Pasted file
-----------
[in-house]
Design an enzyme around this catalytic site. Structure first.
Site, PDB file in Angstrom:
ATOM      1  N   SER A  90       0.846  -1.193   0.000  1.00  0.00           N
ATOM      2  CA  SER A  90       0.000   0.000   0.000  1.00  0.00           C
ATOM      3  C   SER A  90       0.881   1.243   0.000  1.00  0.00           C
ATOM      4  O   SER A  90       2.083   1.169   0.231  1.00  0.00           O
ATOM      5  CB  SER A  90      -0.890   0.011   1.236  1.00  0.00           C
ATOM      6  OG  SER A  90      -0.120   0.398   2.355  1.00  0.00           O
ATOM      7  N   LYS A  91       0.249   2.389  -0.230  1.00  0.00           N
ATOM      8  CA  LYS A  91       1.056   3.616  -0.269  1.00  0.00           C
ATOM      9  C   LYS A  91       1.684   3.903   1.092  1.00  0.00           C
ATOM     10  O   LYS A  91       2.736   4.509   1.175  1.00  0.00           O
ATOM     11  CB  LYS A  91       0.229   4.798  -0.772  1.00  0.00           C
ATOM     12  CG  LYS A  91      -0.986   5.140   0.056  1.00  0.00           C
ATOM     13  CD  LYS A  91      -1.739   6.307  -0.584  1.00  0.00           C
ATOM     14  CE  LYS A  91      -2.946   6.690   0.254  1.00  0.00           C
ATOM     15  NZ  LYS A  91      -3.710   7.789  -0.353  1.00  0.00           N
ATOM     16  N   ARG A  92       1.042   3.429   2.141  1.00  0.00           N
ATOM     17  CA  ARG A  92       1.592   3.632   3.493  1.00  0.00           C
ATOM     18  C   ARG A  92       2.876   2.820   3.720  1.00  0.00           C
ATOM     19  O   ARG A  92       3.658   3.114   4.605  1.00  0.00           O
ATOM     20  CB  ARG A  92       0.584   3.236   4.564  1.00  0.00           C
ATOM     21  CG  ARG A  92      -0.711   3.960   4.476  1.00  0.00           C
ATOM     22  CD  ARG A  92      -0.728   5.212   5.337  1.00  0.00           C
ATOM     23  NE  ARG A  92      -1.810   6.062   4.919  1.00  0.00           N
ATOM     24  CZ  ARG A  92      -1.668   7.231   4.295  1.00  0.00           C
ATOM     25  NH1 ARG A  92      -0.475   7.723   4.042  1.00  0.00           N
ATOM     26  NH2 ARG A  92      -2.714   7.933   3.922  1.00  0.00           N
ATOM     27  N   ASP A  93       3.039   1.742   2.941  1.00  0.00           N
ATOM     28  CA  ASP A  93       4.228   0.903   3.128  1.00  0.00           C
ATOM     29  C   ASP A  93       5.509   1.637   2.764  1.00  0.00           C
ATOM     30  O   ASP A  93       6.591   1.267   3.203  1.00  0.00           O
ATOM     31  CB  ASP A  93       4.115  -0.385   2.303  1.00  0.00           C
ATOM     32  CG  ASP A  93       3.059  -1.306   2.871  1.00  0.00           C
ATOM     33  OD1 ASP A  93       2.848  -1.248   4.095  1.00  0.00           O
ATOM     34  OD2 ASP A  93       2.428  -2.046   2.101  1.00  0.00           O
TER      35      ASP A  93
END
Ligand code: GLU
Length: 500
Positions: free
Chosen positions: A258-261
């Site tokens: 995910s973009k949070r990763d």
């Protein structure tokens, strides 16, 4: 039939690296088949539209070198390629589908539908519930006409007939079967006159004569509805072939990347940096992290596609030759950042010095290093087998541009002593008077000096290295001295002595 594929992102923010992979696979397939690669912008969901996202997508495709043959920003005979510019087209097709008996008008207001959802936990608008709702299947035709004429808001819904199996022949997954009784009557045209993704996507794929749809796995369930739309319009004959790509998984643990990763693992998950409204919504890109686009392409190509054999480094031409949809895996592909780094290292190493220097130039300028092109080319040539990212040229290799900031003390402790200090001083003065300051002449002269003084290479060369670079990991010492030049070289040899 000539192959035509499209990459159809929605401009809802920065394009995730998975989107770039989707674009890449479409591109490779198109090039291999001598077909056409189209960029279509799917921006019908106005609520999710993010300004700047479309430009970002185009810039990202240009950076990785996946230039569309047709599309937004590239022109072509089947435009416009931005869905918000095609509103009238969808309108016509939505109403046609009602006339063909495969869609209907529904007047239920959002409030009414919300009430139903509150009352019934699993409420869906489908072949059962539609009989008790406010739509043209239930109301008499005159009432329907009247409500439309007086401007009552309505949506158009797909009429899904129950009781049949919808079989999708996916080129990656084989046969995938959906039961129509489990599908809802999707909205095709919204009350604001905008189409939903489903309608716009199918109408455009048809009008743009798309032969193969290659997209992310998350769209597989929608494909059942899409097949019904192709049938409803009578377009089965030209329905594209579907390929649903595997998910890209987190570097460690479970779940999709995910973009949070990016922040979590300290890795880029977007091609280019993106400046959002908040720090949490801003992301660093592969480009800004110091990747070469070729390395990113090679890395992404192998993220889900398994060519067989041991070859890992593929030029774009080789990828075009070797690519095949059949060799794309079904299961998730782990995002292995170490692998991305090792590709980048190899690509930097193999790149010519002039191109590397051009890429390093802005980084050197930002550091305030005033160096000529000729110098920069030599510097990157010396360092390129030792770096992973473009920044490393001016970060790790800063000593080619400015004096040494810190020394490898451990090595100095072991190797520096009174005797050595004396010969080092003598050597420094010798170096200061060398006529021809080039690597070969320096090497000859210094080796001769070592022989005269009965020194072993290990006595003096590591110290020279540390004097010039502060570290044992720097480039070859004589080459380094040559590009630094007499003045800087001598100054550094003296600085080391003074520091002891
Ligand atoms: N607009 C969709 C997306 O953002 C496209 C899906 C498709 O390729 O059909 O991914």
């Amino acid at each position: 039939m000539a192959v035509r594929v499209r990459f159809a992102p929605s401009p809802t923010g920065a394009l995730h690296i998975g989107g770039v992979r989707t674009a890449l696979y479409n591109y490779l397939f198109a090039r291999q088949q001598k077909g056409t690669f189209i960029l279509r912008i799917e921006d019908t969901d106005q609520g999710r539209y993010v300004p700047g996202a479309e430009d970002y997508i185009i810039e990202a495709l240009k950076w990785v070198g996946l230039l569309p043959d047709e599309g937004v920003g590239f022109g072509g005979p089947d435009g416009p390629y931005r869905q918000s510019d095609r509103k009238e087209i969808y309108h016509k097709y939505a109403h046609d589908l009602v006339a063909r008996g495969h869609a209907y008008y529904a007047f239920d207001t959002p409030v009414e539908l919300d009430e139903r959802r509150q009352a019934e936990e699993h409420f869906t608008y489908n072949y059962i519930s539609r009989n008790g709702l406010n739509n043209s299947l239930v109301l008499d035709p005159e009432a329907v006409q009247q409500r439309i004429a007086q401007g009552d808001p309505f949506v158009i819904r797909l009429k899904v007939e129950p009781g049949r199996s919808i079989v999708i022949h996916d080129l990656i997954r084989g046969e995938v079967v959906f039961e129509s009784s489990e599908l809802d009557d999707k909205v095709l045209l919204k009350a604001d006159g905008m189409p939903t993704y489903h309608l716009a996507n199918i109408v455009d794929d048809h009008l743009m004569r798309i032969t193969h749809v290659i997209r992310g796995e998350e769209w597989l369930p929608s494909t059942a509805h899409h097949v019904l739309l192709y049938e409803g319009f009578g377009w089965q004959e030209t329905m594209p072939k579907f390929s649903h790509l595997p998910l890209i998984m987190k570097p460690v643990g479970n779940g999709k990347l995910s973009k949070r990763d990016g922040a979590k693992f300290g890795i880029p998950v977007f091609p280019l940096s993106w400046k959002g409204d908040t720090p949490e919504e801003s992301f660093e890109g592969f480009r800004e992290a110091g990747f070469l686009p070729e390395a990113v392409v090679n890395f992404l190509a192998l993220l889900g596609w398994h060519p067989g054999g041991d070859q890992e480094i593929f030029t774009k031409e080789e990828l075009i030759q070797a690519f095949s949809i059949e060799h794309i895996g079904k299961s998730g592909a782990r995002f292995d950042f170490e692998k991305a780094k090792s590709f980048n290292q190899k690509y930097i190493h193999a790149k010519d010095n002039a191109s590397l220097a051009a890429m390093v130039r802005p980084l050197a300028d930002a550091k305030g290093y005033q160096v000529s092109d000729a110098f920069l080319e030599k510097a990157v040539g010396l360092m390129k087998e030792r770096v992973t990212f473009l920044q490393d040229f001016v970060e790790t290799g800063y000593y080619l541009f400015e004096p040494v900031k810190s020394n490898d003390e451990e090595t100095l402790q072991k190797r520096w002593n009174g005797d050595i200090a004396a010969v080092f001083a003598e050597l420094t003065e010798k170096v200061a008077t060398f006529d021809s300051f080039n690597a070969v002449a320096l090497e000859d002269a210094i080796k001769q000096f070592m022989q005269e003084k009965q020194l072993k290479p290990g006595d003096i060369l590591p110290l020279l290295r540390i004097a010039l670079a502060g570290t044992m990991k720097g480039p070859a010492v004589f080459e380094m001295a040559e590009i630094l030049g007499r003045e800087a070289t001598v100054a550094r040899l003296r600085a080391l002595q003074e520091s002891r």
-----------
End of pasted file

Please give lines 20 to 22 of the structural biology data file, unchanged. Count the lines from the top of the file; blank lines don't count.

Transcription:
ATOM     17  CA  ARG A  92       1.592   3.632   3.493  1.00  0.00           C
ATOM     18  C   ARG A  92       2.876   2.820   3.720  1.00  0.00           C
ATOM     19  O   ARG A  92       3.658   3.114   4.605  1.00  0.00           O